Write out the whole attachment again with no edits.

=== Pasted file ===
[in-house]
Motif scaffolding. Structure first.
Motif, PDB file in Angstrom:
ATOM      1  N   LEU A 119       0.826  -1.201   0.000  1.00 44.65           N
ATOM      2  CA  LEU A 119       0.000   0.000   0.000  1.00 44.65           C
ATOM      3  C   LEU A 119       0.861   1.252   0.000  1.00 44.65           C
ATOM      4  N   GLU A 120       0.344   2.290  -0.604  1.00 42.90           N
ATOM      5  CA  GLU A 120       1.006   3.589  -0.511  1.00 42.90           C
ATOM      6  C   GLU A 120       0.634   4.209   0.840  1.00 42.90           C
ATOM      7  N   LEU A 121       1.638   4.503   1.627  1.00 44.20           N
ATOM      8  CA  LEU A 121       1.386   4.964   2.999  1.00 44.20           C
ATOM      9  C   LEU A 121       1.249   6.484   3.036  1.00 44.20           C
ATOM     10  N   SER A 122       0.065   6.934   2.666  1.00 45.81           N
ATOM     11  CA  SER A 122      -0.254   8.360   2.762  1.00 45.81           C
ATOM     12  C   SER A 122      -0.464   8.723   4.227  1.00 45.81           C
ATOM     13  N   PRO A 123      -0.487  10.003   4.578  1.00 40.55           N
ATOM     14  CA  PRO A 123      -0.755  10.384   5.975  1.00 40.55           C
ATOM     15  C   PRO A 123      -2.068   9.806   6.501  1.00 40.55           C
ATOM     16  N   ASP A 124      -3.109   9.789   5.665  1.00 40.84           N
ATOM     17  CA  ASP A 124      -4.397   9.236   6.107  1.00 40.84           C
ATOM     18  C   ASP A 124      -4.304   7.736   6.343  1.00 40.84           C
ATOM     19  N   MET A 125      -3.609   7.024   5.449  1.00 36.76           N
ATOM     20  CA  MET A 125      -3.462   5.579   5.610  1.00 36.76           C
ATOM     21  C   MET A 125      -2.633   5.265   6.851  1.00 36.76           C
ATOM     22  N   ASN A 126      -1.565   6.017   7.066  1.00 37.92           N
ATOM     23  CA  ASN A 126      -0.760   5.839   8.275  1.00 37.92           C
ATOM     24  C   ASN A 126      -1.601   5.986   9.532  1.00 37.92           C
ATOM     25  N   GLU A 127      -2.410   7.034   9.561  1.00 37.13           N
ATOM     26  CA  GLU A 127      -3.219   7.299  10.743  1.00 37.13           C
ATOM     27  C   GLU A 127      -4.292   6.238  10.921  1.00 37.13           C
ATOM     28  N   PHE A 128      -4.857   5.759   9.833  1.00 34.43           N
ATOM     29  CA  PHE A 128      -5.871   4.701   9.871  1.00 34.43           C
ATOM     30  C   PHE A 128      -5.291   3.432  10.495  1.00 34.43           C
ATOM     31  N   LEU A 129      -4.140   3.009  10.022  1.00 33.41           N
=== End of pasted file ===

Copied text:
[in-house]
Motif scaffolding. Structure first.
Motif, PDB file in Angstrom:
ATOM      1  N   LEU A 119       0.826  -1.201   0.000  1.00 44.65           N
ATOM      2  CA  LEU A 119       0.000   0.000   0.000  1.00 44.65           C
ATOM      3  C   LEU A 119       0.861   1.252   0.000  1.00 44.65           C
ATOM      4  N   GLU A 120       0.344   2.290  -0.604  1.00 42.90           N
ATOM      5  CA  GLU A 120       1.006   3.589  -0.511  1.00 42.90           C
ATOM      6  C   GLU A 120       0.634   4.209   0.840  1.00 42.90           C
ATOM      7  N   LEU A 121       1.638   4.503   1.627  1.00 44.20           N
ATOM      8  CA  LEU A 121       1.386   4.964   2.999  1.00 44.20           C
ATOM      9  C   LEU A 121       1.249   6.484   3.036  1.00 44.20           C
ATOM     10  N   SER A 122       0.065   6.934   2.666  1.00 45.81           N
ATOM     11  CA  SER A 122      -0.254   8.360   2.762  1.00 45.81           C
ATOM     12  C   SER A 122      -0.464   8.723   4.227  1.00 45.81           C
ATOM     13  N   PRO A 123      -0.487  10.003   4.578  1.00 40.55           N
ATOM     14  CA  PRO A 123      -0.755  10.384   5.975  1.00 40.55           C
ATOM     15  C   PRO A 123      -2.068   9.806   6.501  1.00 40.55           C
ATOM     16  N   ASP A 124      -3.109   9.789   5.665  1.00 40.84           N
ATOM     17  CA  ASP A 124      -4.397   9.236   6.107  1.00 40.84           C
ATOM     18  C   ASP A 124      -4.304   7.736   6.343  1.00 40.84           C
ATOM     19  N   MET A 125      -3.609   7.024   5.449  1.00 36.76           N
ATOM     20  CA  MET A 125      -3.462   5.579   5.610  1.00 36.76           C
ATOM     21  C   MET A 125      -2.633   5.265   6.851  1.00 36.76           C
ATOM     22  N   ASN A 126      -1.565   6.017   7.066  1.00 37.92           N
ATOM     23  CA  ASN A 126      -0.760   5.839   8.275  1.00 37.92           C
ATOM     24  C   ASN A 126      -1.601   5.986   9.532  1.00 37.92           C
ATOM     25  N   GLU A 127      -2.410   7.034   9.561  1.00 37.13           N
ATOM     26  CA  GLU A 127      -3.219   7.299  10.743  1.00 37.13           C
ATOM     27  C   GLU A 127      -4.292   6.238  10.921  1.00 37.13           C
ATOM     28  N   PHE A 128      -4.857   5.759   9.833  1.00 34.43           N
ATOM     29  CA  PHE A 128      -5.871   4.701   9.871  1.00 34.43           C
ATOM     30  C   PHE A 128      -5.291   3.432  10.495  1.00 34.43           C
ATOM     31  N   LEU A 129      -4.140   3.009  10.022  1.00 33.41           N